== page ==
Dreamcast controller to USB adapter



Introduction

Dreamcast to USB

Dreamcast to USB

I have received many requests and while I had been looking forward to the challenge of building this adapter, due to other not less interesting projects, it took a very long time before I finally began working on it. But now it is finally ready. It works. You are invited to read this project's build log for the technical details of the path that led to the final result.

Features:
I might eventually add support for the Jump Pack (vibration). Memory cards will never be supported by this design.


A few items based on this project or otherwise related are available in my store:


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Pictures

My development setup

My development setup

Completed adapter

Completed adapter

Tested controller: HKT-7700

Tested controller: HKT-7700

Tested mouse <sup>[1]</sup> : HKT-4200

Tested mouse [1] : HKT-4200


Controller under win7

Controller under win7

Controller under win7

Controller under win7

Mouse under win7

Mouse under win7

Performance P-20-007

Performance P-20-007

Tested keyboard: HKT-4000

Tested keyboard: HKT-4000

Tested keyboard: HKT-7600

Tested keyboard: HKT-7600

Keyboard under Win7

Keyboard under Win7

Keyboard under Win7

Keyboard under Win7



[1]: Mouse support is incomplete (wheel not working).

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Schematic

Schematic

Schematic

The dreamcast controller is powered directly from the USB 5 volt line. Communication with the controller is done at 3.3v so a regulator is required for the MCU. This simple design uses an Atmega168 running at 16MHz. At 3.3v, the documented maximum is around 13MHz, so the MCU is overclocked. This does not seem to cause problems, but eventually I might design a more complicated version with a level translator to do away with this practise.

Here is a view of both connector types (console side and peripheral side) with pin numbers.



Also, since my multiuse PCB2 is well suited for this project, here is a wiring diagram using it:


Note that the circuit should have a 3.3v regulator installed. The proper 0 ohm resistor (or bridges) should be present for the MCU to run at 3.3v (not 5v).

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Firmware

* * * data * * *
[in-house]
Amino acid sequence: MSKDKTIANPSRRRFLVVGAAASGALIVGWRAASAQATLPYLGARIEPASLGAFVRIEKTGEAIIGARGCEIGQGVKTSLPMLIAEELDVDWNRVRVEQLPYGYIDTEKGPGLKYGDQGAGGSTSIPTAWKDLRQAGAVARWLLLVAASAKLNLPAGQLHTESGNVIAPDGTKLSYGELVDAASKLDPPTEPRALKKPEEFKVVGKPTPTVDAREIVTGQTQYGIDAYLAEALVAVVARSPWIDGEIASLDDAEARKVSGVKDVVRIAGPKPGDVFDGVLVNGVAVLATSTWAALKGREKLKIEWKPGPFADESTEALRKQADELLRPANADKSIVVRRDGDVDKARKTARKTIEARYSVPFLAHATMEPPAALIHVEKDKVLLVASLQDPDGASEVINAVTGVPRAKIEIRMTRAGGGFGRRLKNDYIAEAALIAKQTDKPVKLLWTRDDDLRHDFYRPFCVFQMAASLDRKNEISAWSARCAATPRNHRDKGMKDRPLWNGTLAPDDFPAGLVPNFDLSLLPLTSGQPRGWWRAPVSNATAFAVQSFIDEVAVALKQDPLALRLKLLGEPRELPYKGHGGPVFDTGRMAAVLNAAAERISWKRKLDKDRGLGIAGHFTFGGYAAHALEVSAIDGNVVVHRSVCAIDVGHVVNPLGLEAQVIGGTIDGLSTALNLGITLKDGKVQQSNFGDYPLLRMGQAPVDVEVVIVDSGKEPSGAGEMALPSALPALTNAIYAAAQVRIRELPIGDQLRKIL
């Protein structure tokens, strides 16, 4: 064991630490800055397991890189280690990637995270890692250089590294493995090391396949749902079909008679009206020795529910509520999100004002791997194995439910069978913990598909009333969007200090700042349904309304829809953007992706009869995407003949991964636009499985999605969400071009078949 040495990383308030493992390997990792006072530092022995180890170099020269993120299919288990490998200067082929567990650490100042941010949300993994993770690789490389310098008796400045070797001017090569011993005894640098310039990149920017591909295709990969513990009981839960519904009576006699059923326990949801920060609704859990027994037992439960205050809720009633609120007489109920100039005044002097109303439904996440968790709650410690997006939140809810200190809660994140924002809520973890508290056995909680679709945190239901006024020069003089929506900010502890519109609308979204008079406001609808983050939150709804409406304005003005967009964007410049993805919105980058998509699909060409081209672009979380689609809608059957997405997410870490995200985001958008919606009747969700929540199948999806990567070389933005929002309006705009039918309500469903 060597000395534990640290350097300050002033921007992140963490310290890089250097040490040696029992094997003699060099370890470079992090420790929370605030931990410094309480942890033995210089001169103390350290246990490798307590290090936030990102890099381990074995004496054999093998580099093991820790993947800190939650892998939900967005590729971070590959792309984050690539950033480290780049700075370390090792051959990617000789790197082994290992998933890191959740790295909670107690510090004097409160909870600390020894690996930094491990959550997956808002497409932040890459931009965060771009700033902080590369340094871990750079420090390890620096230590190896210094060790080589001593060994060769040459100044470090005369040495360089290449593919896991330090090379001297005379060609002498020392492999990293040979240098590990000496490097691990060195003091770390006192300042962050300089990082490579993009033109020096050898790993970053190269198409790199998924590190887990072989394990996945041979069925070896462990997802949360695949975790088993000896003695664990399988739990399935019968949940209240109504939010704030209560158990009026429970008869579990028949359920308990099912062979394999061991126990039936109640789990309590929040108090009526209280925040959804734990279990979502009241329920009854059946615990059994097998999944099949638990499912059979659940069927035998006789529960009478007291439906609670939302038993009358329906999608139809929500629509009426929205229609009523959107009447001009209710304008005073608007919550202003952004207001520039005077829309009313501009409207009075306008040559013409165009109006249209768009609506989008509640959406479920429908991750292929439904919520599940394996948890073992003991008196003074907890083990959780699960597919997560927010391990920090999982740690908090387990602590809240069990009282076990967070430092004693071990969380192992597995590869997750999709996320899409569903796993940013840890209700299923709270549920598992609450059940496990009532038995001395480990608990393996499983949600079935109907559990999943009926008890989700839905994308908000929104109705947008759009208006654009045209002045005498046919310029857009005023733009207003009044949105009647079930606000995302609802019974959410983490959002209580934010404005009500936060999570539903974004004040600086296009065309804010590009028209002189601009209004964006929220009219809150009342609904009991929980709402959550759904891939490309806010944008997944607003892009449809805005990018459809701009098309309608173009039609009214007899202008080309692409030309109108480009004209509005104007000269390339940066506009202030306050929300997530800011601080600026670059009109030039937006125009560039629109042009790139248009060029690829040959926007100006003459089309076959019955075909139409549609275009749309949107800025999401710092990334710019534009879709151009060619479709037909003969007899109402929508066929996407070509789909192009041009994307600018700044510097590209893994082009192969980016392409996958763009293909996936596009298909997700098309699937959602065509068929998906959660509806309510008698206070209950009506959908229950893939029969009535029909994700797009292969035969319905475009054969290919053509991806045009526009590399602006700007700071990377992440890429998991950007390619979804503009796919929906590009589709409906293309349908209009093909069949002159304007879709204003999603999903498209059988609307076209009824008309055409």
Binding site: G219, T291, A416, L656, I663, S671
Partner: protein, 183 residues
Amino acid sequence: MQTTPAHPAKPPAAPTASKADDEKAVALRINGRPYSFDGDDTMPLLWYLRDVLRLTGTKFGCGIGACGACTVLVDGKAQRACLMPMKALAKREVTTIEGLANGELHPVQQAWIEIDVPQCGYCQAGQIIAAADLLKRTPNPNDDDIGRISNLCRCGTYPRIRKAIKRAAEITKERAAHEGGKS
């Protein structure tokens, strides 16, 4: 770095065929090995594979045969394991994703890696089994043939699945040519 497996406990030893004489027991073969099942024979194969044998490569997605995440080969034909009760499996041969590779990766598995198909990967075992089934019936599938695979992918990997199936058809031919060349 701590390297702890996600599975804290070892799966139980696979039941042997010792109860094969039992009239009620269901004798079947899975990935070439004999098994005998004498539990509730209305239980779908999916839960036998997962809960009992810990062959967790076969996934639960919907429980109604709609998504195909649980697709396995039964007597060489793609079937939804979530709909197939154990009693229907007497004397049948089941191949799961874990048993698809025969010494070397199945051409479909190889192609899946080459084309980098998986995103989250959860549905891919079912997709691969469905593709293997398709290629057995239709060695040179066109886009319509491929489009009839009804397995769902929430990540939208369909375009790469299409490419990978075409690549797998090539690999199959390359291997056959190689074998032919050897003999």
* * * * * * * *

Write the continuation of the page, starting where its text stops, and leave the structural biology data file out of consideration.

File(s)DateDescription
dreamcast_usb-1.2.tar.gz (111.1 KB)
dc_usb-1.2.hex (22.7 KB)
November 23, 2013 (Saturday) New features:
  • Dreamcast keyboard support (Tested: HKT-7600 and HKT-4000)
  • Increased poll rate for better responsiveness
  • Display an image on the LCD if present. (Hardcoded image. Not usable by emulators)
dreamcast_usb-1.1.1.tar.gz (106.3 KB)
dc_usb-1.1.1.hex (18.1 KB)
November 2, 2013 (Saturday) Increased timeout waiting for an answer. Fixes Performance P-20-007 dreamcast controller.
dreamcast_usb-1.1.tar.gz (106.2 KB)
dc_usb-1.1.hex (18.1 KB)
October 27, 2013 (Sunday) Initial release:
  • Standard controller support.
  • Incomplete mouse support (wheel not supported).
This project is also available on GitHub!
To request features, report issues or contribute, you may send me an email or use the GitHub repository:
https://github.com/raphnet/dreamcast_usb
Using the .hex files
The Atmega168 has to be programmed using the .hex file. The "fuse bytes" for this project are: extended_fuse=0x01, high_fuse=0xd5, low_fuse=0xd7

For more information about the tools required to program an AVR microcontroller, please visit my AVR programming page.

Source Code (.tar.gz files):
Unless indicated otherwise, the source code is published under the GPL license. Please consult the included LICENSE file for more information. The project compiles using the included makefiles using avr-gcc under Linux.

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Use

Thinking the adapter would probably be used with the nulldc emulator, I made sure it would work properly. Here is a configuration example:


Start nulldc and go to Options-> Maple->Port A. Attach the "PuruPuru Dreamcast Controller" to the port.
Options-> Maple->Port A-> Attach...

Options-> Maple->Port A-> Attach...



Next, navigate again to Options-> Maple->Port A and open the configuration window by clicking "Config keys for Player 1".
«Config keys for Player 1».
Options-> Maple->Port A-> Config...

Options-> Maple->Port A-> Config...



Finally, in the configuration window, assign the controller buttons and axis. Note that I configured the "deadzone" option to the minimum value (1%) because to me, the game felt like it did on a real Dreamcast with this setting.
Plugin configuration

Plugin configuration



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User pictures

I like seeing how others build my projects. If you build an adapter, please send me pictures and I'll add them here.

February 1, 2014 (Saturday)
Phil did a very clean job of converting a controller to USB. He writes: "I didn't build an adapter, but I modded the controller using ALL the parts of the controller including the cable but converting it to usb. It works great!". He adds: "I had to extend the wires, trim some plastic with a razor blade of course to fit the usb plug and I made a little black cover for the plug out of a dvd case I had laying around. All in all I think it looks good.".



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References

The following documents were very useful for this project:

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Disclaimer

I cannot be held responsible for any damages that could occur to you or your equipment while following the procedures present on this page. Also, I GIVE ABSOLUTELY NO WARRANTY on the correctness and usability of the informations on this page. Please note, however, that the procedures above have worked in my case without any damages or problems.

Now you cannot say that I did not warn you :)

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